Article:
Because only a sample of students throughout the U.S. is assessed using PISA, results are provided in the aggregate and by subgroup for the U.S. and not by state. A state or U.S. territory can choose at its own expense to participate in PISA as an individual education system ‒ as Massachusetts, North Carolina, and Puerto Rico did in 2015 ‒ and in that case a sample is drawn that is representative of that state. No states chose to participate in the assessment in 2018.

See also

  • international assessments
  • National Center for Education Statistics (NCES)
  • Organization for Economic Cooperation and Development (OECD)

The Program for the International Assessment of Adult Competencies (PIAAC) is an international assessment with the goal of assessing and comparing the basic skills and the broad range of competencies of adults around the world. PIAAC was conducted for the first time in 2011-12 in the U.S. and other countries with a sample of adults between the ages of 16 and 65. The first U.S. assessment was supplemented by a second round of national data collection in 2013-14 and a third round in 2017, which concluded cycle 1 of the assessment. The data for all three tests is available from the National Center for Education Statistics (NCES). Cycle 2 of PIAAC data collection will begin in 33 countries in 2021.

PIAAC focuses on cognitive and workplace skills needed for successful participation in 21st century society and the global economy. Specifically, PIAAC measures relationships between individuals' educational background, workplace experiences and skills, occupational attainment, use of information and communications technology, and cognitive skills in the areas of literacy, numeracy, and problem solving.

PIAAC is coordinated by the Organization for Economic Cooperation and Development (OECD), an international organization of industrialized countries, and is conducted in the United States by NCES.

Because only a sample of students throughout the U.S. is assessed using PIAAC, results are provided in the aggregate and by subgroup for the U.S. and not by state.

See also

  • adult education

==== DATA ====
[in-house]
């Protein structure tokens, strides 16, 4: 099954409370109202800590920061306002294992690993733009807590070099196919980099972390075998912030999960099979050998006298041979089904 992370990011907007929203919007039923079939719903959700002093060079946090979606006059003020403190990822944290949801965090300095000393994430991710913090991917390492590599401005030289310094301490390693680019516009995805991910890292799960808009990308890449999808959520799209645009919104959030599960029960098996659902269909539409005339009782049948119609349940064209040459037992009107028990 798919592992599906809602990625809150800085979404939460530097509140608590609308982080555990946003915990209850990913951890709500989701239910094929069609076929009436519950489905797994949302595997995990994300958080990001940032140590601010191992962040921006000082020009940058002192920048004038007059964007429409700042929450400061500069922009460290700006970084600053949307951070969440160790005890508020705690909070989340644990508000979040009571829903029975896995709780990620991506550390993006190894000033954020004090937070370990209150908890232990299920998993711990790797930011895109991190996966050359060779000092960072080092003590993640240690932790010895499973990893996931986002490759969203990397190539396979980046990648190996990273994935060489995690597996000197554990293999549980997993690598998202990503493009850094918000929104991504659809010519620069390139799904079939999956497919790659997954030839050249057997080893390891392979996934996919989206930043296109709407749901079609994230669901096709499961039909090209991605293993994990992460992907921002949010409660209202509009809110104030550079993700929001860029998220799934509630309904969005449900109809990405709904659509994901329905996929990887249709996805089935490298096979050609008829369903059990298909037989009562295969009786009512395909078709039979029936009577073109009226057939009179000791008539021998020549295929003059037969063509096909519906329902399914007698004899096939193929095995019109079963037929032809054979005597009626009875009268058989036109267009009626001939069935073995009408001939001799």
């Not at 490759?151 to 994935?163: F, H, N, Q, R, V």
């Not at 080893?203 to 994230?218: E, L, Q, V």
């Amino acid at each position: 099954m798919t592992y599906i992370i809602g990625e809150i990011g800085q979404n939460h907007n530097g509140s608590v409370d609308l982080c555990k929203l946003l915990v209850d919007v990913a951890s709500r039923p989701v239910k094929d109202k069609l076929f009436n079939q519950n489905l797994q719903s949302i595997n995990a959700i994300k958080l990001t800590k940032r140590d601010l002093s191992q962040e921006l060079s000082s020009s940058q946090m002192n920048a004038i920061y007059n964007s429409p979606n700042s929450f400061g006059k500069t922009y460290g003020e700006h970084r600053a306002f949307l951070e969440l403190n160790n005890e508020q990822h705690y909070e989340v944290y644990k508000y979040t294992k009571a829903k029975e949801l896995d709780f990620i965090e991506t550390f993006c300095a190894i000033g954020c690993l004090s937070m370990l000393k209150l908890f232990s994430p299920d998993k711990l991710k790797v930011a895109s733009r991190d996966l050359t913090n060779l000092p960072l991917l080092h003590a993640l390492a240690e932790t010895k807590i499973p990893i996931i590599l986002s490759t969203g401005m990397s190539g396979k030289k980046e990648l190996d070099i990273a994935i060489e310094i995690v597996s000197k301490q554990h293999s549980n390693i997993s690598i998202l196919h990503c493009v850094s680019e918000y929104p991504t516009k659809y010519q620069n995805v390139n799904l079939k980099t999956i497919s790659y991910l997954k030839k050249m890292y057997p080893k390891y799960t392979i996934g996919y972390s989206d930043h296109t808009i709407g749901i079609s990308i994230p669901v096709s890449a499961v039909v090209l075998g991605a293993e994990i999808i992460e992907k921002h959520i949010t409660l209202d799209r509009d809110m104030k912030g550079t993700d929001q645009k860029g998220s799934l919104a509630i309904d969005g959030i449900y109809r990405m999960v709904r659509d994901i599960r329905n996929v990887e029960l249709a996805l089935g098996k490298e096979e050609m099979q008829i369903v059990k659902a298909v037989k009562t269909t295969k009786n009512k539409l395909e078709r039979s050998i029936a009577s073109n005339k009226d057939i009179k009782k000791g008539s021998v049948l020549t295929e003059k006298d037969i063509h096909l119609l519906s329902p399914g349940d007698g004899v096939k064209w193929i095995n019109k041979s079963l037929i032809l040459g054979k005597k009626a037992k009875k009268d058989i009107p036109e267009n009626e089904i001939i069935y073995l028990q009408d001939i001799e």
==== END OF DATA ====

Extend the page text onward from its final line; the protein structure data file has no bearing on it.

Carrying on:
• National Center for Education Statistics (NCES)

The Progress in International Reading Literacy Study (PIRLS) is an international comparative study of the reading literacy of young students. PIRLS studies the reading achievement and reading behaviors and attitudes of 4th grade students in the U.S. and students in the equivalent of 4th grade in other participating countries. In the most recent PIRLS assessment in 2016, 61 education systems, including the U.S., participated, and results were released in December 2017. Since 2001, PIRLS data have been collected from a sample of U.S. Progress in International Reading Literacy Study (PIRLS) 4th graders every five years, with the next administration scheduled for 2021. The National Center for Education Statistics (NCES) sponsors the administration of PIRLS in the U.S.

Typically, only a sample of students throughout the U.S. is assessed using PIRLS, and thus results are provided in the aggregate and by subgroup for the U.S. and not by state.

See also

  • international assessments
  • National Center for Education Statistics (NCES)

Created in 2019, the Public Charter School Commission is the state-level, independent appellate authorizer of charter schools in Tennessee. Public Chapter 219 transferred the authority of the Tennessee State Board of Education (SBE) as the state’s appellate authorizer of public charter schools to the commission.

If a local board of education denies a charter school sponsor’s application, the sponsor may appeal the decision to the commission. The commission will conduct a de novo (new) review of the sponsor’s application. The commission will review the applications on appeal in accordance with SBE’s quality public charter school authorizing standards. The commission must either approve or deny the application no later than 75 days from its receipt of the notice of appeal. The commission’s decision is final and not subject to appeal.

If the commission upholds the local board of education’s denial of the charter school sponsor’s application, the public charter school will not open. If the commission overturns the local board of education’s denial of the application, the commission then becomes the authorizer of the charter school; however, the local board of education in which the charter school is geographically located and the charter school may agree in writing that the local board, rather than the commission, will be the authorizer for the charter school.

Until December 31, 2020, SBE will continue to act as the appellate authorizer and hear appeals of denied charter school sponsor applications. Appeals made on or after January 1, 2021, will be heard by the commission. The three charter schools authorized by SBE will be transferred to the Public Charter School Commission, effective July 1, 2021.

The commission is composed of nine members appointed by the Governor and confirmed by a joint resolution of the General Assembly. The commission must have at least three members from each grand division and a majority of the commission members must reside within the geographic boundary of a school district in which at least one public charter school operates. Members do not receive compensation but will be reimbursed for travel expenses.

See also

  • charter schools
  • charter school authorizer
  • State Board of Education